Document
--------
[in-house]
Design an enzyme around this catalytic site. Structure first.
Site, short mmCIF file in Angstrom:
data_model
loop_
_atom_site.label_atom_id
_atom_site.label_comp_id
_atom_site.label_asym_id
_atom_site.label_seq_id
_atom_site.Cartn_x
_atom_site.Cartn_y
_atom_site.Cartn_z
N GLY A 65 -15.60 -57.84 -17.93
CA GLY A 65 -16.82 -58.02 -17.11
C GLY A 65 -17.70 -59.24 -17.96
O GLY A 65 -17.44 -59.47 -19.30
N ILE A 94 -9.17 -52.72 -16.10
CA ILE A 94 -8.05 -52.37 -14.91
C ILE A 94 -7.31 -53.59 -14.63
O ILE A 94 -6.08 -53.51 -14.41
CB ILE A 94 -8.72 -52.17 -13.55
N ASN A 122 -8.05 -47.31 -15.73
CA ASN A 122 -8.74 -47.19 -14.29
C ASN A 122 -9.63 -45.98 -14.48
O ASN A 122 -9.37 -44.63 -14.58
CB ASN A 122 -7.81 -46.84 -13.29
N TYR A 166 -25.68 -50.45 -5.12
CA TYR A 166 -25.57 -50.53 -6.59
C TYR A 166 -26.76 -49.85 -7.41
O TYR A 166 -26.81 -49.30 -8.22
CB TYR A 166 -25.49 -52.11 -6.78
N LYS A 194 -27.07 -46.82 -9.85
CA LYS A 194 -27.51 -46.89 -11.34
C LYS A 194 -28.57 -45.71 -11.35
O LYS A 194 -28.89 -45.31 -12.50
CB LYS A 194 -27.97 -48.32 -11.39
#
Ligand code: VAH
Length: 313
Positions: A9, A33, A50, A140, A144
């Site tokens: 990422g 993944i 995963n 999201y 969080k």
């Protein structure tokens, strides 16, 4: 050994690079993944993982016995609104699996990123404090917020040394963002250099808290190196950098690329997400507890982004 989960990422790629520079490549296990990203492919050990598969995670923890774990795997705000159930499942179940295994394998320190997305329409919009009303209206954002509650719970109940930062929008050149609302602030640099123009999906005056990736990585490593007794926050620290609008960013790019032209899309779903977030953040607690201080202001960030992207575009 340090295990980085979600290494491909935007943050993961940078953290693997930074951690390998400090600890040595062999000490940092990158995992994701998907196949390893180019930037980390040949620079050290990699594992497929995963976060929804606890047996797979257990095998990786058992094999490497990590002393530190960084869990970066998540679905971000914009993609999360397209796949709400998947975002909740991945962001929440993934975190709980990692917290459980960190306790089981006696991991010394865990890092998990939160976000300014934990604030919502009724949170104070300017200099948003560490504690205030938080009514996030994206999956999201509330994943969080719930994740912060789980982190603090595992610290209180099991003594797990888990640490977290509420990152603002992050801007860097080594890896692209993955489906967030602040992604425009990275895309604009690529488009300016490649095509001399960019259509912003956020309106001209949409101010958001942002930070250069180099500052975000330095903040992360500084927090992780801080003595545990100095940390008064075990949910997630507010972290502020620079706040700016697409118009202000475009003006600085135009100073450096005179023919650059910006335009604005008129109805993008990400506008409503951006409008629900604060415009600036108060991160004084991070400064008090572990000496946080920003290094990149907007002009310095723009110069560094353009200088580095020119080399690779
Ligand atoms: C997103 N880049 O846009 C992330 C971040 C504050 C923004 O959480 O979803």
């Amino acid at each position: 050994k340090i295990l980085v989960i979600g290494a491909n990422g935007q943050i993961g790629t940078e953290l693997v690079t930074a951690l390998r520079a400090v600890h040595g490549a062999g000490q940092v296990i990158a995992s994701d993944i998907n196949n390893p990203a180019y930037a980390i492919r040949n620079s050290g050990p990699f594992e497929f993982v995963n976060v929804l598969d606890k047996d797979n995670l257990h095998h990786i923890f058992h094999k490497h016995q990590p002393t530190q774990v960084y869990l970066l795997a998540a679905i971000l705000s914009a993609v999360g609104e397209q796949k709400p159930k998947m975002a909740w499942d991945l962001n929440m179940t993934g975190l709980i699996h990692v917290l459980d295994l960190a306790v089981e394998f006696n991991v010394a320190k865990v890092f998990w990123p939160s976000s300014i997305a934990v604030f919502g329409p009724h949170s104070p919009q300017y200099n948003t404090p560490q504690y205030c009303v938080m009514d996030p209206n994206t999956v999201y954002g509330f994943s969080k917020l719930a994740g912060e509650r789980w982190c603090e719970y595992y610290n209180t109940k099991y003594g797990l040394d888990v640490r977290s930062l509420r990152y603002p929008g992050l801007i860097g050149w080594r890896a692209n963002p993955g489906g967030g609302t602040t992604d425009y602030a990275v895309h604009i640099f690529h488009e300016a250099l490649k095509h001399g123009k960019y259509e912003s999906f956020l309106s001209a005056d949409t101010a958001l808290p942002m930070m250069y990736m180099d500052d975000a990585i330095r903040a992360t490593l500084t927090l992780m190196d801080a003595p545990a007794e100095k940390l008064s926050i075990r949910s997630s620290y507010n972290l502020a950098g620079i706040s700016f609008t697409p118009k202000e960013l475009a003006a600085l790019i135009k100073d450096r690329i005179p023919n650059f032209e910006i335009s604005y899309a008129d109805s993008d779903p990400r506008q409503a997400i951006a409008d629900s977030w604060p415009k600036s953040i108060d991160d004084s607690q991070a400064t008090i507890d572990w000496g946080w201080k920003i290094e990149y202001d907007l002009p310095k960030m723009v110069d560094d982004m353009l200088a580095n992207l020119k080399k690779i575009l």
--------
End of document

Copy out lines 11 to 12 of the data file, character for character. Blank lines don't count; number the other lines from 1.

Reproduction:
_atom_site.Cartn_y
_atom_site.Cartn_z